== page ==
Frances Richardson: Playing Against Reason (3 stars)

The great global economic gamble, in heavily symbolic form

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This article is from 2008.

Frances Richardson: Playing Against Reason

Take Frances Richardson’s drawing and sculptures (the latter she refers to as ‘walk-in drawings’) literally and it seems the world is falling down around us. Or at least the financial world is, and that might not be too far from the truth.

But how can things be that bad when there are people in the world prepared to create work as painstaking and meticulous as this? Richardson’s drawings – her actual, physical drawings – are of the four suits in a deck of cards and the four major financial symbols; the dollar, pound, yen and euro. These aren’t simply drawn, but constructed with fearsome detail from a series of small, pencilled plus and minus symbols, leaned on with alternate lightness or force so as to shade some areas and embolden others.

A deck of cards and a wad of money, Richardson seems to be saying, are every bit as intrinsically linked with the whim of fate as each other. On a grander scale she suggests, through the idea of trading in futures, the notion that the world’s financial markets are built on anything more secure than an extravagant, mathematically-abetted gamble, as a huge bluff.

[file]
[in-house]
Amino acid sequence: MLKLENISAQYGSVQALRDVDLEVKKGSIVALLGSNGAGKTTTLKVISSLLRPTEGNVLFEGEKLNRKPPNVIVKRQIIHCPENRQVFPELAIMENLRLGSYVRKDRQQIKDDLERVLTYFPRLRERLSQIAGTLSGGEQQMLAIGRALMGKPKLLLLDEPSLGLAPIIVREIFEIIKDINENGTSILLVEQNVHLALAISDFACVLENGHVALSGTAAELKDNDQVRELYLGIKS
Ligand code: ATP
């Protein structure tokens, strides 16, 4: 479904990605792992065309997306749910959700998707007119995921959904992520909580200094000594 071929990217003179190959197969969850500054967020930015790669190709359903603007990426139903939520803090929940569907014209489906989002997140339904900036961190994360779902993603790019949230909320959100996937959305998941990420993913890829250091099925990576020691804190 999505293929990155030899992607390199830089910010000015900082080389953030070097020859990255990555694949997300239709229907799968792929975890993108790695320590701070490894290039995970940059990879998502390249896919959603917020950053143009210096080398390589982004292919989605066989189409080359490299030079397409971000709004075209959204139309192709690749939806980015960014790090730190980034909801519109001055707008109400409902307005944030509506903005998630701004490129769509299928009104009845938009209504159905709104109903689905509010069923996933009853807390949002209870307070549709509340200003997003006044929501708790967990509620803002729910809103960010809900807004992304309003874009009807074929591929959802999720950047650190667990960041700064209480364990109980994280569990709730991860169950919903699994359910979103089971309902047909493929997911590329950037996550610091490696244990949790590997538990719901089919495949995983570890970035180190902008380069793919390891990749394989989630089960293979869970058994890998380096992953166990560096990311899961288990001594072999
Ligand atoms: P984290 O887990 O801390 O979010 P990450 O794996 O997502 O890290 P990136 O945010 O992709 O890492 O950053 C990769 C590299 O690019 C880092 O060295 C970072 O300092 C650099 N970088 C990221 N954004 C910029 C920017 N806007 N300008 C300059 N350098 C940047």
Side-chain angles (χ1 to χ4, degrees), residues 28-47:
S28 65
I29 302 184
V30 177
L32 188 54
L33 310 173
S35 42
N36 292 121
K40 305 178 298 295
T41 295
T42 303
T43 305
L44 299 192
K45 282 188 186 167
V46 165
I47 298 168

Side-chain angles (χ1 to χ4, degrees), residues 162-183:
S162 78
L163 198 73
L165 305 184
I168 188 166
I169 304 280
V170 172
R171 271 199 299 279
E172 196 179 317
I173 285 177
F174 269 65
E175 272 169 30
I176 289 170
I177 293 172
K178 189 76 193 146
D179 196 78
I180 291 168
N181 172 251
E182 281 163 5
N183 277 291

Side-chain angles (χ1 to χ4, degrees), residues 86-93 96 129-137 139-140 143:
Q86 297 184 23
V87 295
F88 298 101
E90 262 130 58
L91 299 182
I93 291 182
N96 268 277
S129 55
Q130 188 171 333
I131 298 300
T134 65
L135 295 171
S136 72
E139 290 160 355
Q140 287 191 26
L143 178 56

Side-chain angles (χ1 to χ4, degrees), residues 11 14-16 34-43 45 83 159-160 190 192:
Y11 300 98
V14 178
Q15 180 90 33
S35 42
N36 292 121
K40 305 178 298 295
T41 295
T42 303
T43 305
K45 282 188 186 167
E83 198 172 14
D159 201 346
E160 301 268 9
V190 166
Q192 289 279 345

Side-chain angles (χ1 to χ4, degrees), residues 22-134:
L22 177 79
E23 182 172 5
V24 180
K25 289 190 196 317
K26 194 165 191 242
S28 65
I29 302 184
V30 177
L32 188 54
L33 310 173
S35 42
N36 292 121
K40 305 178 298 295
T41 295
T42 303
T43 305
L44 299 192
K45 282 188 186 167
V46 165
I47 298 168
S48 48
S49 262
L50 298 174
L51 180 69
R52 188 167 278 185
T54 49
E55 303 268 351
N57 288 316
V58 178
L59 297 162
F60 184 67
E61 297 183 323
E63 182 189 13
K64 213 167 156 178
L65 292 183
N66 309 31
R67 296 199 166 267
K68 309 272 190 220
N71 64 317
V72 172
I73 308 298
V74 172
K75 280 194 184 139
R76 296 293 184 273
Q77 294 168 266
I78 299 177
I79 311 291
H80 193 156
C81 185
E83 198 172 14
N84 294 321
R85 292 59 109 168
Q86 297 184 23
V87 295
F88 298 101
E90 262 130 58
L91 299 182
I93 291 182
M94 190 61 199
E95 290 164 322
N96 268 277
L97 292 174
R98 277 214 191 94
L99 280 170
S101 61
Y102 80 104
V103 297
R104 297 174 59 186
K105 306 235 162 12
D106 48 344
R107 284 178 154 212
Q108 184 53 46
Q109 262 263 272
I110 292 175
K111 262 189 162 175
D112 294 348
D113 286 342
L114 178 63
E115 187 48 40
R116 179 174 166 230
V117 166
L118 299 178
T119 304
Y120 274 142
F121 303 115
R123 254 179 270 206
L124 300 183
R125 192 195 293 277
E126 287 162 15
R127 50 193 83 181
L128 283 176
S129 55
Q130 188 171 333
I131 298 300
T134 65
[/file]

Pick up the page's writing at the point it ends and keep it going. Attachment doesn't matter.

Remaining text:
Those ‘walk-in drawings’, a series of five wooden ladders (pictured) which are curved and split and fixed to the wall, reaffirm the notion. They look tempting to step onto, but they go to nowhere and would probably break while you were trying to reach the top. Such symbolism might be heavy-handed, but the work is articulate and impressively-made.

Corn Exchange Gallery, 561 7300, until Thu 28 Oct, Tue-Sat 11am-4.30pm, free.

This article is from 2008.

Frances Richardson

  • 3 stars

In heavily-detailed drawings and the sculptures she calls 'walk-in drawings', Richardson examines the mindset of the compulsive gambler and the notion that the world's financial markets are built on anything more secure than just an extravagant, mathematically-abetted gamble. Such symbolism might be heavy-handed, but the…

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